Bob Nelson was no ordinary T.V. repairman. One day he discovered a book that ultimately changed his entire life trajectory --The Prospect of Immortality by Professor Robert Ettinger. From it, he learned about cryonics: a process in which the body temperature is lowered during the beginning of the dying process to keep the brain intact, so that those frozen could potentially be reanimated in the future. A world of possibilities unfolded for Nelson, as he relentlessly pursued cryonics and became the founder and President of the Cryonics Society of California. Working in coalition with a biophysicist, in 1967 Nelson orchestrated the freezing of Dr. James Bedford, the first human to be placed in cryonic suspension. Soon thereafter he began freezing others who sought his help, obtaining special capsules and an underground vault. Underfunded, Nelson struggled desperately, often dipping into his own savings, and taking extraordinary measures to maintain his patients in a frozen state. His fascinating memoir reveals his irrepressible passion for life and chronicles the complicated circumstances that comprised his adventures in cryonics.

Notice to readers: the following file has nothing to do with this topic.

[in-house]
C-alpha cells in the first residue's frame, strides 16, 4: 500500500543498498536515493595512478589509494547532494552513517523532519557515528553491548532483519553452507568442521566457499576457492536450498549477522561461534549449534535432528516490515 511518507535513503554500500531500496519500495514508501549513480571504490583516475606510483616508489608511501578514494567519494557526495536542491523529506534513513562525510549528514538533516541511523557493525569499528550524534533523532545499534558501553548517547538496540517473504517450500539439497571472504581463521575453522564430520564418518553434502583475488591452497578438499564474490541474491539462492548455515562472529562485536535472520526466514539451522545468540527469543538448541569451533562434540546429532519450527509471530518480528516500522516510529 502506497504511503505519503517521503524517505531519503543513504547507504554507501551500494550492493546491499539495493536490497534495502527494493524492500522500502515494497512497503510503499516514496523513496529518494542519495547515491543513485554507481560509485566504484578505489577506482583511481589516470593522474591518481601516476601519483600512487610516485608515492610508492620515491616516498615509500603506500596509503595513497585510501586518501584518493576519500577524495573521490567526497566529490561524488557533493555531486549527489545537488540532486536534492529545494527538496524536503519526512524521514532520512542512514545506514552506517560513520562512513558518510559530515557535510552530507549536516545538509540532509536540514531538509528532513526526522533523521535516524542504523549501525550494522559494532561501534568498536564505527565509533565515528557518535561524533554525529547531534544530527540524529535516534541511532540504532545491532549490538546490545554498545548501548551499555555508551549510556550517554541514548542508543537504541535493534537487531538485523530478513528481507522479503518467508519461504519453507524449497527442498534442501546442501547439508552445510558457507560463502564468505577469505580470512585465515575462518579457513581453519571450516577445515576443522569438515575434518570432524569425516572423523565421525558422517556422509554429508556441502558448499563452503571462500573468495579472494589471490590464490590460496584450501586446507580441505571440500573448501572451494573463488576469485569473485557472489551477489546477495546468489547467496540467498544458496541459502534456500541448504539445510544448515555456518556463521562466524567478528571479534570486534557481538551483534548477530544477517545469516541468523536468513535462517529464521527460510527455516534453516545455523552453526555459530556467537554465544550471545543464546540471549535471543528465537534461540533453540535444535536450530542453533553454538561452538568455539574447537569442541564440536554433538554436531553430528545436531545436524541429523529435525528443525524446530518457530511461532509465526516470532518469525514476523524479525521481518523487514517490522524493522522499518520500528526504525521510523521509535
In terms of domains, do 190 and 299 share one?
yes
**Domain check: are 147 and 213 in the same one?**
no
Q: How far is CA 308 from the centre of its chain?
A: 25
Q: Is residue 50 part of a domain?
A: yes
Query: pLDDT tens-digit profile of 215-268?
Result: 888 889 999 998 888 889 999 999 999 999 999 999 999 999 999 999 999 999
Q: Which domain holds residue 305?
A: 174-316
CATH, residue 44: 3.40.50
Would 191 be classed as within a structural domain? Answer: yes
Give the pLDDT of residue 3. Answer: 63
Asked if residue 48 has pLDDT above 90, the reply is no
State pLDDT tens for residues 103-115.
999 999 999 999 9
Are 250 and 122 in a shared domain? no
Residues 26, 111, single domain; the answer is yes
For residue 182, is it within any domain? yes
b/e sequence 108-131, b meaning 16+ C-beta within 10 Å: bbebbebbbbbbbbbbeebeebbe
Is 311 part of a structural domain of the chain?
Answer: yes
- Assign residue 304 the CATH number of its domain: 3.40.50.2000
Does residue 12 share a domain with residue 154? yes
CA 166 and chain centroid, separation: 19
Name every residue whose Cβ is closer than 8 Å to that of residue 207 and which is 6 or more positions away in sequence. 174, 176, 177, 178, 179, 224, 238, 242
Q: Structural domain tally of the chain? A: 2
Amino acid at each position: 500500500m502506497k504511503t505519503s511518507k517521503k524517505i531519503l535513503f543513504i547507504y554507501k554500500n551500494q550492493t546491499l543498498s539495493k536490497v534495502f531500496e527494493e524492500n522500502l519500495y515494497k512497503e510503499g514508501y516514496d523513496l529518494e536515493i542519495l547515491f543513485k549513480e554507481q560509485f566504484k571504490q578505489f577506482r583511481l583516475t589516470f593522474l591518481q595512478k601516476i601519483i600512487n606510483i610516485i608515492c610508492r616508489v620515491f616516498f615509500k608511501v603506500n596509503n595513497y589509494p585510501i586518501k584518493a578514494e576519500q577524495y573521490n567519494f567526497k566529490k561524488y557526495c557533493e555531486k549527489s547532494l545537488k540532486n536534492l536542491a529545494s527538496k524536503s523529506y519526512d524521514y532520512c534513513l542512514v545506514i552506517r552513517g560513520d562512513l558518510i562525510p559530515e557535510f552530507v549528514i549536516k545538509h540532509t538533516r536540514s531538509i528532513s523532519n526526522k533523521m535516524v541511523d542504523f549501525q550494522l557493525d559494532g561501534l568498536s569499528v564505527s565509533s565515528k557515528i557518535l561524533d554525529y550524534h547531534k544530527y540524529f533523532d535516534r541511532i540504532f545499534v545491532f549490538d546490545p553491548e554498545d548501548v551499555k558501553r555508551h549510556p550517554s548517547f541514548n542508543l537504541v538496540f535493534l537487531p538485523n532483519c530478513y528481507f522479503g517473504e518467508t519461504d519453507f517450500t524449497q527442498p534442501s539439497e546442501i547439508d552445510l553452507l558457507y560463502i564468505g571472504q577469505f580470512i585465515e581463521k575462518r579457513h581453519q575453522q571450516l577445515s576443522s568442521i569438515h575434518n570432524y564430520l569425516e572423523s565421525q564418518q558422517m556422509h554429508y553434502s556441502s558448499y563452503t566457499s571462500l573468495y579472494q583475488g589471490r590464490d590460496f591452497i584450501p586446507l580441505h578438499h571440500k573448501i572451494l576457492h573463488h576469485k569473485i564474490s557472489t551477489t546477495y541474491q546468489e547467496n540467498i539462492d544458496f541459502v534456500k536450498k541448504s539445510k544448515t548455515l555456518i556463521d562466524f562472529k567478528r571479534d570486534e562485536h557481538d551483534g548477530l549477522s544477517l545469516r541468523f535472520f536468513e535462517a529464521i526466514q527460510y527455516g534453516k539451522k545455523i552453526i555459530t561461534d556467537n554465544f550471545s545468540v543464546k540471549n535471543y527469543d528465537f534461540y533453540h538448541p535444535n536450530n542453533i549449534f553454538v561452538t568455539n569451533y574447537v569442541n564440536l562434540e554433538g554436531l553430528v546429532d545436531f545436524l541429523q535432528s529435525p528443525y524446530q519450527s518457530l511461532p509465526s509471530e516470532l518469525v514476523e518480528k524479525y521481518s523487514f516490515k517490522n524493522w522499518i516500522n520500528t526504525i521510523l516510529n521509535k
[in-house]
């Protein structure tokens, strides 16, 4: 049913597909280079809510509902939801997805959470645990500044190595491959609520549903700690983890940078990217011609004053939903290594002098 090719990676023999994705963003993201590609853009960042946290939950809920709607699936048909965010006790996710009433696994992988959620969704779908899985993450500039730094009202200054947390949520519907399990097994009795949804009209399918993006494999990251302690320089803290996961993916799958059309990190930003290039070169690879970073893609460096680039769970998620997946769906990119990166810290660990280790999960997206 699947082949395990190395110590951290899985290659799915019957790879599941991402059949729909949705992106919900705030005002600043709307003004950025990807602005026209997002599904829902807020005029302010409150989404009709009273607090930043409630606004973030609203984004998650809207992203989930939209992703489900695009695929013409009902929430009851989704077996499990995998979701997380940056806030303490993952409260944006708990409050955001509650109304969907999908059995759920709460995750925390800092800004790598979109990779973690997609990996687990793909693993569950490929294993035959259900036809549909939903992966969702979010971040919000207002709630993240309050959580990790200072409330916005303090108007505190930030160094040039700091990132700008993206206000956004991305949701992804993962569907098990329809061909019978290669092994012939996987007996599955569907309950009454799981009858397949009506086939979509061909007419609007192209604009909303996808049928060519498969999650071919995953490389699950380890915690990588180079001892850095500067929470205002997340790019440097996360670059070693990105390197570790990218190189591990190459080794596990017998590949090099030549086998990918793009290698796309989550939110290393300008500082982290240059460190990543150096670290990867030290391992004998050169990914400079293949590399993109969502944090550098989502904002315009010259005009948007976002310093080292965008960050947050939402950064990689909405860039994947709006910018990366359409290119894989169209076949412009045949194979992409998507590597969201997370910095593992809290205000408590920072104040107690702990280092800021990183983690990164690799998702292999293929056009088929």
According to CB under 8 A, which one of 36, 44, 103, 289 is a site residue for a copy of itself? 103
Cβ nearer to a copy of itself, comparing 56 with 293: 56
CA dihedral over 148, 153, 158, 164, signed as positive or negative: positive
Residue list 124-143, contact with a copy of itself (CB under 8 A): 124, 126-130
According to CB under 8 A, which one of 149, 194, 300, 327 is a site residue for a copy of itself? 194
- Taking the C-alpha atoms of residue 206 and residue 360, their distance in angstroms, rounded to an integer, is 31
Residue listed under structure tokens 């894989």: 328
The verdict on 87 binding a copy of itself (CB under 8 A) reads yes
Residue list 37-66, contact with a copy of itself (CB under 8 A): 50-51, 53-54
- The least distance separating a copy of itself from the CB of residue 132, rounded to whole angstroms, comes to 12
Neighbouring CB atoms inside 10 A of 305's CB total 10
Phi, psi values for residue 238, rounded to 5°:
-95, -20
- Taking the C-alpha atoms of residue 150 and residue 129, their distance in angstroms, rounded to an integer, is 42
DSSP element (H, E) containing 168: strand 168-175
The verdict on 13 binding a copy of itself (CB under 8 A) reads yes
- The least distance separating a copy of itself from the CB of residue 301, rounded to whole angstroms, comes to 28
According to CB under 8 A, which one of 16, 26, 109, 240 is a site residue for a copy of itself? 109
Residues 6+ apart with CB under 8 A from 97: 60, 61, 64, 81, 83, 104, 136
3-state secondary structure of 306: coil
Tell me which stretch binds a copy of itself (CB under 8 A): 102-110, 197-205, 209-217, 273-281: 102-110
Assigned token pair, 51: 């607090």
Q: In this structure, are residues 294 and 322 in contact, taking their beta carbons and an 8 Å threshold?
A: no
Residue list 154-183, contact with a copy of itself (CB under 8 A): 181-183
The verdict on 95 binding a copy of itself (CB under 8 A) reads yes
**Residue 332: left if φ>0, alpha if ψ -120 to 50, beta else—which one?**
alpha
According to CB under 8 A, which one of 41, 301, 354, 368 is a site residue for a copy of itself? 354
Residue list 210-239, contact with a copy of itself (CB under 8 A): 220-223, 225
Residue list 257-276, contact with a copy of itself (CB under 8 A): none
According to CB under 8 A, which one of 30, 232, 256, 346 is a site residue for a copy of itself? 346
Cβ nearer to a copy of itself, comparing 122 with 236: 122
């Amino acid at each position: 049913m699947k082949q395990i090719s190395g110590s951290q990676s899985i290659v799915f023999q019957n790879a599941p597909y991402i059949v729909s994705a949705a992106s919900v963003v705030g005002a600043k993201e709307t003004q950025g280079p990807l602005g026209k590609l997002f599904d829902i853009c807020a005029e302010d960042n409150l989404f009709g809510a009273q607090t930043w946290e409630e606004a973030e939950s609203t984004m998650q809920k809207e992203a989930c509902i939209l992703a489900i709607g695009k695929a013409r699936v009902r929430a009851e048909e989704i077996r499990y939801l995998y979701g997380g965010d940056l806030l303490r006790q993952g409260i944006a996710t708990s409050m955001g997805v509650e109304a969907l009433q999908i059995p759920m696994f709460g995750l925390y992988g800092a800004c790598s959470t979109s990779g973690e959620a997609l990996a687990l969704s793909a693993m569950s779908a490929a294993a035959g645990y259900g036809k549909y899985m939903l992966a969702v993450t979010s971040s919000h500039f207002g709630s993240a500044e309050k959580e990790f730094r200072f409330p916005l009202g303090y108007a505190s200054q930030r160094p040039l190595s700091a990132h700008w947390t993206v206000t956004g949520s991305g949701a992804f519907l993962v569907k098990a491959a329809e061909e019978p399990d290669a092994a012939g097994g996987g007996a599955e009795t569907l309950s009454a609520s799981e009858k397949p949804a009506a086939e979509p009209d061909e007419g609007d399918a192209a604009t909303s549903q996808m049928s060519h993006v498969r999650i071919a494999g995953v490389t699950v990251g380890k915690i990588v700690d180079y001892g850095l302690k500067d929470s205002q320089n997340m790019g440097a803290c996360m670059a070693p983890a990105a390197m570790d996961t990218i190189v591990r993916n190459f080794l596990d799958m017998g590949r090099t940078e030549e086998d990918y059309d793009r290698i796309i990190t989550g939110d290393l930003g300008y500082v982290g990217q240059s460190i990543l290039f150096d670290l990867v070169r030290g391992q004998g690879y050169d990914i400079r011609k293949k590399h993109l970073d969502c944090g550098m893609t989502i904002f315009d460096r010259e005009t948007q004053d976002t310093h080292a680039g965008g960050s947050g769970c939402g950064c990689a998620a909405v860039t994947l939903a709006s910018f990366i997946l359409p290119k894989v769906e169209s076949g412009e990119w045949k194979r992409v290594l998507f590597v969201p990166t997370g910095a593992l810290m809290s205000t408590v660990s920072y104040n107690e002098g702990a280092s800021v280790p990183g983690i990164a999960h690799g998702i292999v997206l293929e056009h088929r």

Read More Show Less

Editorial Reviews

From Barnes & Noble

One book forever changed the life of T.V. repairman Bob Nelson. Sparked by a 1962 tome by "the father of cyronics," he became a vocal proponent in the movement for the low-temperature preservation of terminally ill humans in hopes of later recovery. Not content to be simply an advocate, he transformed himself into a determined would-be resurrectionist, arranging and sometimes personally funding cyronic suspensions. Risking ridicule, litigation, and financial ruin, he continued his "freezing for life" mission. Nelson's story, rendered here as a memoir, will become an Errol Morris dark comedy film starring Paul Rudd, Owen Wilson, Kristen Wiig, and Christopher Walken.